If we regard the two statements that the world is infinite in extension, and that the world is finite in extension, as contradictory opposites, we assume that the world (the whole series of phenomena) is a thing by itself; for it remains, whether I remove the infinite or the finite regressus in the series of its phenomena. But if we remove this supposition, or this transcendental illusion, and deny that it is a thing by itself, then the contradictory opposition of the two statements becomes [p. 505] purely dialectical, and as the world does not exist by itself (independently of the regressive series of my representations), it exists neither as a whole by itself infinite, nor as a whole by itself finite. It exists only in the empirical regressus in the series of phenomena, and nowhere by itself. Hence, if that series is always conditioned, it can never exist as complete, and the world is therefore not an inconditioned whole, and does not exist as such, either with infinite or finite extension.
What has here been said of the first cosmological idea, namely, that of the absolute totality of extension in phenomena, applies to the others also. The series of conditions is to be found only in the regressive synthesis, never by itself, as complete, in phenomenon as an independent thing, existing prior to every regressus. Hence I shall have to say that the number of parts in any given phenomenon is by itself neither finite nor infinite, because a phenomenon does not exist by itself, and its parts are only found through the regressus of the decomposing synthesis through and in the regressus, and that regressus can never be given as absolutely complete, whether as finite or as infinite. The same applies to the series of causes, one being prior to the other, and to the series leading from conditioned to unconditioned necessary existence, which can never be regarded either by [p. 506] itself finite in its totality or infinite, because, as a series of subordinated representations, it forms a dynamical regressus only, and cannot exist prior to it, by itself, as a self-subsistent series of things.
The antinomy of pure reason with regard to its cosmological ideas is therefore removed by showing that it is dialectical only, and a conflict of an illusion produced by our applying the idea of absolute totality, which exists only as a condition of things by themselves, to phenomena, which exist in our representation only, and if they form a series, in the successive regressus, but nowhere else. We may, however, on the other side, derive from that antinomy a true, if not dogmatical, at least critical and doctrinal advantage, namely, by proving through it indirectly the transcendental ideality of phenomena, in case anybody should not have been satisfied by the direct proof given in the transcendental Æsthetic. The proof would consist in the following dilemma. If the world is a whole existing by itself, it is either finite or infinite. Now the former as well as the latter proposition is false, as has been shown by the proofs given in the antithesis on one and in the thesis on the other side. It is false, therefore, that the world (the sum total of all phenomena) is a whole existing [p. 507] by itself. Hence it follows that phenomena in general are nothing outside our representations, which was what we meant by their transcendental ideality.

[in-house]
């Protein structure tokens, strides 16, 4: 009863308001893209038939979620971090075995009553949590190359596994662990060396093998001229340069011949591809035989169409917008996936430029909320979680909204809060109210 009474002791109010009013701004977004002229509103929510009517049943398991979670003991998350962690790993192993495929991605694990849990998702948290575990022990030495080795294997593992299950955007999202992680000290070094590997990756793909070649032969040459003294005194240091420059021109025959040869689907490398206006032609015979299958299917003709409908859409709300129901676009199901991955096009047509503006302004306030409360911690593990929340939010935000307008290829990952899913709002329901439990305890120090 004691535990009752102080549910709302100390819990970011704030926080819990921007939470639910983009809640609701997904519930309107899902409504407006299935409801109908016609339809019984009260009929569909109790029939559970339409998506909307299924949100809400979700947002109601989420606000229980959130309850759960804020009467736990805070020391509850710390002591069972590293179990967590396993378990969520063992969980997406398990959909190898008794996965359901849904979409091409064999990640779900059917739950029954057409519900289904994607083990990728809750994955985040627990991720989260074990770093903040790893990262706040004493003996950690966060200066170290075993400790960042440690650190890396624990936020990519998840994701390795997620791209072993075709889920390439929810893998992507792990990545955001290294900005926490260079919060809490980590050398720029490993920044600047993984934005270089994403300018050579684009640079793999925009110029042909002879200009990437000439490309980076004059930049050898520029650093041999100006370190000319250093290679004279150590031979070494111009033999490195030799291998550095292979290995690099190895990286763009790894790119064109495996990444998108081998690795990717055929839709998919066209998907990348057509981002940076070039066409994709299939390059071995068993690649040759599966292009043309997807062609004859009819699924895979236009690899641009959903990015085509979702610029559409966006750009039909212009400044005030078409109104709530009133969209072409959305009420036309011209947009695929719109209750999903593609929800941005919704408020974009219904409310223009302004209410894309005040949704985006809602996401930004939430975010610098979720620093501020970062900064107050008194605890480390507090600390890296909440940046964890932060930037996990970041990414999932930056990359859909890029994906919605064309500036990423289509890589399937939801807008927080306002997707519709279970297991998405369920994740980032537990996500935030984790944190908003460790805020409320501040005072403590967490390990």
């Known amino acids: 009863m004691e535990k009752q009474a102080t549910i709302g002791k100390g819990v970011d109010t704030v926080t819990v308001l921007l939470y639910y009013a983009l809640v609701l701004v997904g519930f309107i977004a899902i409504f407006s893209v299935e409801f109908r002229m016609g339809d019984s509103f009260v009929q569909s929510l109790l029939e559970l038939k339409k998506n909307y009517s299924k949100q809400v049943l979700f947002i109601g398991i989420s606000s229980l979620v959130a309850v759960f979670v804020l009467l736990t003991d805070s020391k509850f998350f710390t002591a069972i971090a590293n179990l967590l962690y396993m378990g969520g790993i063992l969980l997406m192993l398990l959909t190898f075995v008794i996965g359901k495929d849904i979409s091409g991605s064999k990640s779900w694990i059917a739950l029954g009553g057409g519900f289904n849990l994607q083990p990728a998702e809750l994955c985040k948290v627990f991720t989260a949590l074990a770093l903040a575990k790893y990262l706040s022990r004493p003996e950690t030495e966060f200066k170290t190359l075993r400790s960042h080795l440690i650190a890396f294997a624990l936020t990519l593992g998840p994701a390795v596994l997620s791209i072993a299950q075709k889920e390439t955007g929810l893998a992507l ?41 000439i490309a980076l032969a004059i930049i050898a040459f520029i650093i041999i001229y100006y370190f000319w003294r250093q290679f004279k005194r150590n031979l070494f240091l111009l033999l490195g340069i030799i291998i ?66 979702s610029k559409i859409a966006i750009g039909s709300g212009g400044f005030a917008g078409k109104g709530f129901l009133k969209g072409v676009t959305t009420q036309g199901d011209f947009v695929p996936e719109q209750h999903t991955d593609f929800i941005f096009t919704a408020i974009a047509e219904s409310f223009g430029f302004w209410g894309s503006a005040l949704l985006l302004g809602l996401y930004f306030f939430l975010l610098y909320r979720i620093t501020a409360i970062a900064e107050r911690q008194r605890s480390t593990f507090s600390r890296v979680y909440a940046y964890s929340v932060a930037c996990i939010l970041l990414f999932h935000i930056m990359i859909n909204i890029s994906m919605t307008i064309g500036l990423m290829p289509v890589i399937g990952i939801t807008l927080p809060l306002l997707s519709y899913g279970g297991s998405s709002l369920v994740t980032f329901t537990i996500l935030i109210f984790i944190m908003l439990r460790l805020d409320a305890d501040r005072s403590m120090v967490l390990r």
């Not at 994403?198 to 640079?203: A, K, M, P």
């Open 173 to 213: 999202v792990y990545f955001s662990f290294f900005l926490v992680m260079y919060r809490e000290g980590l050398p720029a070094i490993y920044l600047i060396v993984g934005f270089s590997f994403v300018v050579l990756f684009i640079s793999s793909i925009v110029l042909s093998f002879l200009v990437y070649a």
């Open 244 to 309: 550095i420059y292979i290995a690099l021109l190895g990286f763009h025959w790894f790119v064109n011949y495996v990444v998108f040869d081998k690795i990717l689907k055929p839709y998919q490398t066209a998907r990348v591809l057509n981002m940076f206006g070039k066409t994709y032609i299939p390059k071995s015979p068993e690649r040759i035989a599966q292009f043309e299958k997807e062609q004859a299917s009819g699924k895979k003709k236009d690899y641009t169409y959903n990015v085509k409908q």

This remark is of some importance, because it shows that our proofs of the fourfold antinomy were not mere sophistry, but honest and correct, always under the (wrong) supposition that phenomena, or a world of sense which comprehends them all, are things by themselves. The conflict of the conclusions drawn from this shows, however, that there is a flaw in the supposition, and thus leads us to the discovery of the true nature of things, as objects of the senses. This transcendental Dialectic therefore does not favour scepticism, but only the sceptical method, which can point to it as an example of its great utility, if we allow the arguments of reason to fight against each other with perfect freedom, from which something useful and serviceable for the correction of our judgments will always result, though it may not be always that which we were looking for.